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Objectives: To determine risk factors in first trimester for development of pregnancy associated hypertension (PAH) in Sanpasitthiprasong Hospital
Materials and Methods: A retrospective cohort study was conducted in pregnant women who attended antenatal care in Sanpasitthiprasong Hospital at 10+0 - 13+6 weeks of gestation and had first trimester Down syndrome screening test from October 2015 to November 2018. A total of 230 medical records of pregnant women were reviewed. Maternal baseline characteristics, ultrasonographic findings, serum biochemical levels, maternal and fetal outcomes were recorded. The association of these factors with development of PAH was examined using logistic regression.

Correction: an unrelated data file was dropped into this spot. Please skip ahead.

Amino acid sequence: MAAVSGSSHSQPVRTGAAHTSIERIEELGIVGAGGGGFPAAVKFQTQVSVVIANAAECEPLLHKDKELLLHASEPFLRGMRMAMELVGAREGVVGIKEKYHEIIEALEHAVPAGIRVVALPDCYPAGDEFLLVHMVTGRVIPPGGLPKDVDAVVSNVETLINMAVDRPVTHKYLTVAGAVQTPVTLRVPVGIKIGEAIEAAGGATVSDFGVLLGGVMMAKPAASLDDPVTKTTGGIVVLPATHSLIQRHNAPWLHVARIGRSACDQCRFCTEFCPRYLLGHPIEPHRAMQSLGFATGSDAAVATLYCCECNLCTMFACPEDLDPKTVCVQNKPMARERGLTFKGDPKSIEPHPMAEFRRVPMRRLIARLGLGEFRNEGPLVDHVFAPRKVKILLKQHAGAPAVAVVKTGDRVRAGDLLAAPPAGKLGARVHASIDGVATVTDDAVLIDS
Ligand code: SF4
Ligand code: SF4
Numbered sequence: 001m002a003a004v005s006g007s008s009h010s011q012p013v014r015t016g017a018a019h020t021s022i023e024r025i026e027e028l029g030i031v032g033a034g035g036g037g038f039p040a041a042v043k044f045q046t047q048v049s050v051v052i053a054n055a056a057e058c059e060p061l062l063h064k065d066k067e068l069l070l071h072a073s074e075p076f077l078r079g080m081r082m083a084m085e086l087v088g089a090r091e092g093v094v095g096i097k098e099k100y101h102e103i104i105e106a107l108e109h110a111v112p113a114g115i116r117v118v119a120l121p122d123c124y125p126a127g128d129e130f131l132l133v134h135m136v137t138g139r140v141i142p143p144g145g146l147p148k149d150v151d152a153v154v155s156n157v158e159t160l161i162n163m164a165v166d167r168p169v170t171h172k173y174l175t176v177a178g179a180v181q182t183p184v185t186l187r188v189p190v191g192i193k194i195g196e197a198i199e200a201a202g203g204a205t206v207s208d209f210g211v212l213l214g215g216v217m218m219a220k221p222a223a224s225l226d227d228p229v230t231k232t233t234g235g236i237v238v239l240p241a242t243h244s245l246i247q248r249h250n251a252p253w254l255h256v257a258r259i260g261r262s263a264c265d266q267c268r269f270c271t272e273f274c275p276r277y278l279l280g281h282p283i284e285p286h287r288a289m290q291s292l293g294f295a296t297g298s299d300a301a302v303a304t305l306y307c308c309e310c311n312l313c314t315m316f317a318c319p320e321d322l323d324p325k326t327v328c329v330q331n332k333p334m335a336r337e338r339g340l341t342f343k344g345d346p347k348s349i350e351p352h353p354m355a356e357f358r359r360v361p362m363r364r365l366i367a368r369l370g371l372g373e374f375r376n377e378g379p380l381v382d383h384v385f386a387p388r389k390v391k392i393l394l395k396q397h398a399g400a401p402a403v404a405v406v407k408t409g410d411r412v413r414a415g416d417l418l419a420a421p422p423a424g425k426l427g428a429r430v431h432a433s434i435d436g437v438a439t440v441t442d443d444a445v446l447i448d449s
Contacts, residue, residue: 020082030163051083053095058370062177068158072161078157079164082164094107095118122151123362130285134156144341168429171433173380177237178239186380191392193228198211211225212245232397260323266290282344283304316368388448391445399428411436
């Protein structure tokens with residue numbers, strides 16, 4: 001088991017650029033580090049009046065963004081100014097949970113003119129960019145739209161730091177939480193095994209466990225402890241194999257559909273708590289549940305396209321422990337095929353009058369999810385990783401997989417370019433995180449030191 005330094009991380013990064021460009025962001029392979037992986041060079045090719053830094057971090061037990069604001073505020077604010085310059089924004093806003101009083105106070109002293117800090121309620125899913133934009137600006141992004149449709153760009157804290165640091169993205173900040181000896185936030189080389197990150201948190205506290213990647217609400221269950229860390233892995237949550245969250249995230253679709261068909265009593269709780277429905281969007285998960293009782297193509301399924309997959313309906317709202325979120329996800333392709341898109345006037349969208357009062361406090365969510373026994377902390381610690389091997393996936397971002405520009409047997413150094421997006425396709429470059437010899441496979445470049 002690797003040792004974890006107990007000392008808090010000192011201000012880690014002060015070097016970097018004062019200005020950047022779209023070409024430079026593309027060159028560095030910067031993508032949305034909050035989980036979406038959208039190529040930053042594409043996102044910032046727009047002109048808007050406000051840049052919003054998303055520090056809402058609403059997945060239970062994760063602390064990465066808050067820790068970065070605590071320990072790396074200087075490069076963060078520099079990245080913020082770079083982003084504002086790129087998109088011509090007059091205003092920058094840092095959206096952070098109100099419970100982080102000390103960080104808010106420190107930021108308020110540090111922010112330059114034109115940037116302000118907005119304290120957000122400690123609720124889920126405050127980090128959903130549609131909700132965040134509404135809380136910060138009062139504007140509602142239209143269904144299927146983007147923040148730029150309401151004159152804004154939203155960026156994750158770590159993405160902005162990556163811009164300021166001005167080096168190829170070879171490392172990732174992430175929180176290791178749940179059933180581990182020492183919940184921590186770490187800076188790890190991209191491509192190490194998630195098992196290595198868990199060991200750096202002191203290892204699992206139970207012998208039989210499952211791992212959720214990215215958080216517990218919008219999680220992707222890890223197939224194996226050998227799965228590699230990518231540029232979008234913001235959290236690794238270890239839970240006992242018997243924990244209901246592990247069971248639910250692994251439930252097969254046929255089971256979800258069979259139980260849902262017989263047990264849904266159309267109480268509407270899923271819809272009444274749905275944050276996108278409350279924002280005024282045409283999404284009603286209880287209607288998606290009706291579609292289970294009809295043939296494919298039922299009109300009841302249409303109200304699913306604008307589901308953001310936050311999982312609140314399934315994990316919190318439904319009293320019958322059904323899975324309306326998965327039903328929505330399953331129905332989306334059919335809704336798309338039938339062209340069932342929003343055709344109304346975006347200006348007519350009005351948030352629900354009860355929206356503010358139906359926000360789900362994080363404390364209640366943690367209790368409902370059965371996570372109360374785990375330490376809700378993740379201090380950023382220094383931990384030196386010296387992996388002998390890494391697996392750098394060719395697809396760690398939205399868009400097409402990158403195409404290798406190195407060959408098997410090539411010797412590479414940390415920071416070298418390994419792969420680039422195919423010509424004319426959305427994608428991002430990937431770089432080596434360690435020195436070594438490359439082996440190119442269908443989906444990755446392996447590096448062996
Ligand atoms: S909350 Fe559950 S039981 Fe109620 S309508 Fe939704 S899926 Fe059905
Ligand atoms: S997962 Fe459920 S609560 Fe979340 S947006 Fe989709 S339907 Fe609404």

Results: Among 230 pregnant women, 26 (11.3%) developed PAH. Factors significantly associated with developing PAH included pregestational diabetes mellitus (PGDM) (odds ratio; OR 15.020, 95%CI 1.199-188.107; P= 0.036), pre-pregnancy body mass index (pBMI) ≥ 25 kg/m2 (OR 4.06, 95% CI 1.443-11.442; P= 0.008), and mean arterial pressure (MAP) (mmHg) (OR 1.11, 95% CI 1.038-1.178; P= 0.002). Pregnant women with PAH developed more preterm delivery (23.1%vs 8.8%; P=0.025) and neonatal hypoglycemia than those without (11.5% vs 2.5%; P=0.017). An equation to predict risk of PAH is shown as follows: PAH score = -12.571 + (1.51 x if pBMI≥25 kg/m2=1, pBMI < 25 kg/m2 =0) + (0.122 x mean MAP mmHg) + (2.616 x if PGDM=1, no PGDM = 0). The probability of developing PAH was 1- (0.88 Exp(PAHscore+2.7734)).
Conclusion: Pregestational diabetes mellitus, pBMI≥ 25 kg/m2, and MAP were independent first trimester risk factors for developing PAH.
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